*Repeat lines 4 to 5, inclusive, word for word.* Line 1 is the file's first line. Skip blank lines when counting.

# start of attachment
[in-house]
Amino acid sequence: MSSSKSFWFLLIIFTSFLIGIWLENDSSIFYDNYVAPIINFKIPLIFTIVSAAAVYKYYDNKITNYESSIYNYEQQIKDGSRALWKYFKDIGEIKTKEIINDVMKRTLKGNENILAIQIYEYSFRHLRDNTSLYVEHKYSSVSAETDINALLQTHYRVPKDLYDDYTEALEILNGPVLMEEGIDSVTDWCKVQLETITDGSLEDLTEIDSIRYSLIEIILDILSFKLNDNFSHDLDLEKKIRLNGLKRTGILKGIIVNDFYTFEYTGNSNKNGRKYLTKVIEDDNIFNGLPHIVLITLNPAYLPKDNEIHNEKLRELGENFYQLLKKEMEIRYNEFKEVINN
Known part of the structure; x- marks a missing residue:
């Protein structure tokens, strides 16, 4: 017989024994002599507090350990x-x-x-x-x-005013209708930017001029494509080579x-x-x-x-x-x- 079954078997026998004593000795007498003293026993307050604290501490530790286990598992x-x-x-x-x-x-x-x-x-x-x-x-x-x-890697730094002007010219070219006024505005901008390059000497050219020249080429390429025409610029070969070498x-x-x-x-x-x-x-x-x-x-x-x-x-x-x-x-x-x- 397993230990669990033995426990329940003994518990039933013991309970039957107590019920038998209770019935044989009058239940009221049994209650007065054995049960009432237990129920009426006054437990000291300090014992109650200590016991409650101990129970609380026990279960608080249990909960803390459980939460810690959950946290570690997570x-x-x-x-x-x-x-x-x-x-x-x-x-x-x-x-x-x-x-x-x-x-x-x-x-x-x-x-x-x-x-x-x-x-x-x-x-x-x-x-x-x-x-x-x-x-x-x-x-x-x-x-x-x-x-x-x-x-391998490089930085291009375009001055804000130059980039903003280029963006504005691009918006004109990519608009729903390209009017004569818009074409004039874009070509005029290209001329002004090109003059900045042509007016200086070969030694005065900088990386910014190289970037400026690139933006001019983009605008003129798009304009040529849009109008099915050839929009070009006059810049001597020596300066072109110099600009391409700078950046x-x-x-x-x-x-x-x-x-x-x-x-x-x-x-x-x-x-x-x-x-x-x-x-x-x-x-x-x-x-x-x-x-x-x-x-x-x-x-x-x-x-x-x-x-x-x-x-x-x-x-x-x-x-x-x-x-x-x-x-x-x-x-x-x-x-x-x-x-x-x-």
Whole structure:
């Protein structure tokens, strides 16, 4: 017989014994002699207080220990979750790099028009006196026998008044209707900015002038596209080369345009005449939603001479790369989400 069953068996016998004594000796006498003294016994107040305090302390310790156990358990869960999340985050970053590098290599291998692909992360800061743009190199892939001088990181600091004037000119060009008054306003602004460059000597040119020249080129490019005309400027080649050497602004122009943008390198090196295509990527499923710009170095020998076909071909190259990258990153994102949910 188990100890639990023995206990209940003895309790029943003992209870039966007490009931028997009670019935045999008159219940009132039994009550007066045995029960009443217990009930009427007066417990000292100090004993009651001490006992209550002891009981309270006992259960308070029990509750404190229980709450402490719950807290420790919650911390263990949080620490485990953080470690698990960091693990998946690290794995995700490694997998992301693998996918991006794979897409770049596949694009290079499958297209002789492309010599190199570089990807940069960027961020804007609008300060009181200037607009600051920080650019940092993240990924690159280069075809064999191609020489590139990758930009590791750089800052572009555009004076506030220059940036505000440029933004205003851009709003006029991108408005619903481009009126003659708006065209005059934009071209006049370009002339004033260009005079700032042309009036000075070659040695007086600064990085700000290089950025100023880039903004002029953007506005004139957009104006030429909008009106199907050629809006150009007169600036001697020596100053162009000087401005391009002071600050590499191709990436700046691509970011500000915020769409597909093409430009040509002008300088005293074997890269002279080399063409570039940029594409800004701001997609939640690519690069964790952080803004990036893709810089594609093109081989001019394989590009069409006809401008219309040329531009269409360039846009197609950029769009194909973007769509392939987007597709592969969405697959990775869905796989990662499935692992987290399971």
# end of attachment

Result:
């Protein structure tokens, strides 16, 4: 017989024994002599507090350990x-x-x-x-x-005013209708930017001029494509080579x-x-x-x-x-x- 079954078997026998004593000795007498003293026993307050604290501490530790286990598992x-x-x-x-x-x-x-x-x-x-x-x-x-x-890697730094002007010219070219006024505005901008390059000497050219020249080429390429025409610029070969070498x-x-x-x-x-x-x-x-x-x-x-x-x-x-x-x-x-x- 397993230990669990033995426990329940003994518990039933013991309970039957107590019920038998209770019935044989009058239940009221049994209650007065054995049960009432237990129920009426006054437990000291300090014992109650200590016991409650101990129970609380026990279960608080249990909960803390459980939460810690959950946290570690997570x-x-x-x-x-x-x-x-x-x-x-x-x-x-x-x-x-x-x-x-x-x-x-x-x-x-x-x-x-x-x-x-x-x-x-x-x-x-x-x-x-x-x-x-x-x-x-x-x-x-x-x-x-x-x-x-x-x-391998490089930085291009375009001055804000130059980039903003280029963006504005691009918006004109990519608009729903390209009017004569818009074409004039874009070509005029290209001329002004090109003059900045042509007016200086070969030694005065900088990386910014190289970037400026690139933006001019983009605008003129798009304009040529849009109008099915050839929009070009006059810049001597020596300066072109110099600009391409700078950046x-x-x-x-x-x-x-x-x-x-x-x-x-x-x-x-x-x-x-x-x-x-x-x-x-x-x-x-x-x-x-x-x-x-x-x-x-x-x-x-x-x-x-x-x-x-x-x-x-x-x-x-x-x-x-x-x-x-x-x-x-x-x-x-x-x-x-x-x-x-x-």
Whole structure: